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South African Journal of Child Health

On-line version ISSN 1999-7671
Print version ISSN 1994-3032

S. Afr. j. child health vol.12 n.2 Pretoria Apr./Jun. 2018 



Sphenoid mucocoele - an unusual cause for headaches in a teenage boy



S E AdamI; M MervenII

IMB ChB; Department of Otorhinolaryngology, Faculty of Medicine and Health Sciences, Stellenbosch University, Cape Town, South Africa
IIFCORL; Department of Otorhinolaryngology, Faculty of Medicine and Health Sciences, Stellenbosch University, Cape Town, South Africa





Isolated sphenoid sinus disease in childhood is uncommon and sphenoid mucocoeles (histologically benign, epithelium-lined, mucus-containing sacs) are rare. They are thought to arise as a result of obstruction of the sinus ostium due to previous surgery, inflammation, trauma or irradiation, but may be idiopathic. We present a case of a sphenoid sinus mucocoele in a young boy and highlight the fact that headache may be the only symptom, therefore diagnosis may require a combination of imaging and exploratory surgery.



Case report

A 15-year-old boy presented with retro-orbital headaches for 5 years, right peri-orbital swelling for 3 years and diplopia for several months. He had no symptoms of chronic sinusitis, allergic rhinitis or epistaxis. He had no history of cranial trauma or surgery and reported normal sensation of smell and vision. He presented to our otorhinolaryngology clinic in 2013, but was lost to follow-up until 2016.

On examination at his presentation in 2016, he was slight of build (like his mother) weighing 29.5 kg, which is below the 3rd centile for weight-for-age. He had right proptosis with infratemporal soft subdermal swelling (Figs 1A and 1B), normal visual acuity and no relative afferent pupillary defect. He experienced diplopia upon right lateral gaze, with reduced abduction and supraduction. There was reduced sensation in the distribution of the opthalmic (V1) and maxillary (V2) branches of the trigeminal nerve. On nasal endoscopy, a pale, soft, submucosal mass was visible in the nasal cavity.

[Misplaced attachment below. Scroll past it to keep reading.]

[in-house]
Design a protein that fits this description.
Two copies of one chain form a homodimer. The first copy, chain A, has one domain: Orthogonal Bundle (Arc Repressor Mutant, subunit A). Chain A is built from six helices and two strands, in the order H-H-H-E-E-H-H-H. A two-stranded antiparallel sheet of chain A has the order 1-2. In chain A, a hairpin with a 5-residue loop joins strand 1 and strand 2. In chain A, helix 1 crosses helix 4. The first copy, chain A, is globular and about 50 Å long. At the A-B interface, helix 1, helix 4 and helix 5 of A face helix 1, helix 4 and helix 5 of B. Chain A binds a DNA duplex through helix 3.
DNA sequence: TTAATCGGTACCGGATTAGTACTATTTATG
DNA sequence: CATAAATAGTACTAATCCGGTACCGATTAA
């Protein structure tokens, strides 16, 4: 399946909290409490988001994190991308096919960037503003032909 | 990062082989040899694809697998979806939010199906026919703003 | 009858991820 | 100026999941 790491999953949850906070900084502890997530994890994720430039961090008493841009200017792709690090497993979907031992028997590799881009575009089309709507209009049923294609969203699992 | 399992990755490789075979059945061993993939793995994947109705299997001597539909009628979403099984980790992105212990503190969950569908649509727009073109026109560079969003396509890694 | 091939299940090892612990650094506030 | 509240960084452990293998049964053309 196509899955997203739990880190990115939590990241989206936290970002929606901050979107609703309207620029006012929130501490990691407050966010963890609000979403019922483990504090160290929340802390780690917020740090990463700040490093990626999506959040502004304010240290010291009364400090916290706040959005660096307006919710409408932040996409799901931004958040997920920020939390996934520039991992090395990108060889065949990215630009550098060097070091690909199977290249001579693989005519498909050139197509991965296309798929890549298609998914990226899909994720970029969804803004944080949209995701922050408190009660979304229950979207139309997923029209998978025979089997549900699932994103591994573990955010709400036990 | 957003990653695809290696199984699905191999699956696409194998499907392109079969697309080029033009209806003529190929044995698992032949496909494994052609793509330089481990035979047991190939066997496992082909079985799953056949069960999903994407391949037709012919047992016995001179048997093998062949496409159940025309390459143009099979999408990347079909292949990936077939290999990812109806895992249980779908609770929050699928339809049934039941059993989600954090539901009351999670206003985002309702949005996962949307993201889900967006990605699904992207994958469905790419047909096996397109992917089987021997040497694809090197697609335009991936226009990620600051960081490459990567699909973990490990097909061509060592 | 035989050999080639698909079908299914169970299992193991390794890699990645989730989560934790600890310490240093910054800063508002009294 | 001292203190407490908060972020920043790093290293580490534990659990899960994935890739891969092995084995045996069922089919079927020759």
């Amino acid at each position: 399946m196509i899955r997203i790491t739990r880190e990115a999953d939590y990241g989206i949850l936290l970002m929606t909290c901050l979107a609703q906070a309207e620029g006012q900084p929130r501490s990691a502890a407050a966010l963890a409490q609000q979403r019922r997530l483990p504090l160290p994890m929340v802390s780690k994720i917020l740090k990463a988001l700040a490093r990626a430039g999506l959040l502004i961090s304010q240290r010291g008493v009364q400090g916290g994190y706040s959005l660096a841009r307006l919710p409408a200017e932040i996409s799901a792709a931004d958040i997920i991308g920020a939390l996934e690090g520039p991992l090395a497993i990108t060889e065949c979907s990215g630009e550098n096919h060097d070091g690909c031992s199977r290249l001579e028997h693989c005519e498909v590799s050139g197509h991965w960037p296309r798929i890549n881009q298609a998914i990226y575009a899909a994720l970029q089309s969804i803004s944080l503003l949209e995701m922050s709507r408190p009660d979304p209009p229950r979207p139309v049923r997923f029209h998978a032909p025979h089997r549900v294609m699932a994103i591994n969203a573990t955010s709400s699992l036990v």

Computed tomography (CT) and magnetic resonance imaging (MRI) revealed a sphenoid-based locally expansile cystic lesion (Figs 2 and 3). Extensive bony erosion and remodeling was noted. Extension intra-cranially with compression of the dura and cavernous sinus without invasion was noted. The lesion involved the orbital apex and extended into the pterygopalatine fossa and then through the pterygomaxillary fissure into the infra-temporal space where it was noted subdermally at the level of the zygoma.





A transcutaneous aspiration of this lateral facial swelling was performed in the clinic and revealed 'motor oil-like' fluid (Figs 1C and 1D). Serology for HIV and hydatid disease were negative.

A presumptive diagnosis of a mucocoele was made and an endoscopic transnasal sphenoidotomy confirmed the diagnosis. Good resolution of symptoms occurred by 1 month postoperatively. No sign of recurrence was noted clinically or on repeat CT at 8 months postoperatively (Fig. 4).



Sphenoid sinuses are small recesses in the postero-superior nasal cavity and remain intra-nasal until 6 - 7 years of age. Secondary pneumatisation occurs and a true cavity is formed by 8 - 10 years of age, with maturation by 12 - 14 years of age.1

Paranasal sinus mucocoeles are very rare in children and sphenoid mucocoeles make up only 1 - 2% of all paranasal sinus mucocoeles in all age groups.2 To date, only 13 cases of paediatric sphenoid mucocoeles have been documented from 9 articles in the English literature.

Mucocoeles are histologically benign, epithelium-lined, mucus-containing sacs that affect the paranasal sinuses. They are thought to arise from obstruction of the sinus ostium due to previous surgery, inflammation, trauma or irradiation. Other potential aetiologies include cystic dilatation of glandular structures and cystic development from embryonic epithelial residues.2 Increased levels of fibroblast prostaglandin E2 and collagenase enable osteolysis by mucocoeles, facilitating their local extension.3

Presenting signs and symptoms are subtle until late in the disease process. In the literature, the most frequently reported manifestations are headache (89%), decreased visual acuity (57%), oculomotor palsies (56%) and exophthalmos (25%).4,5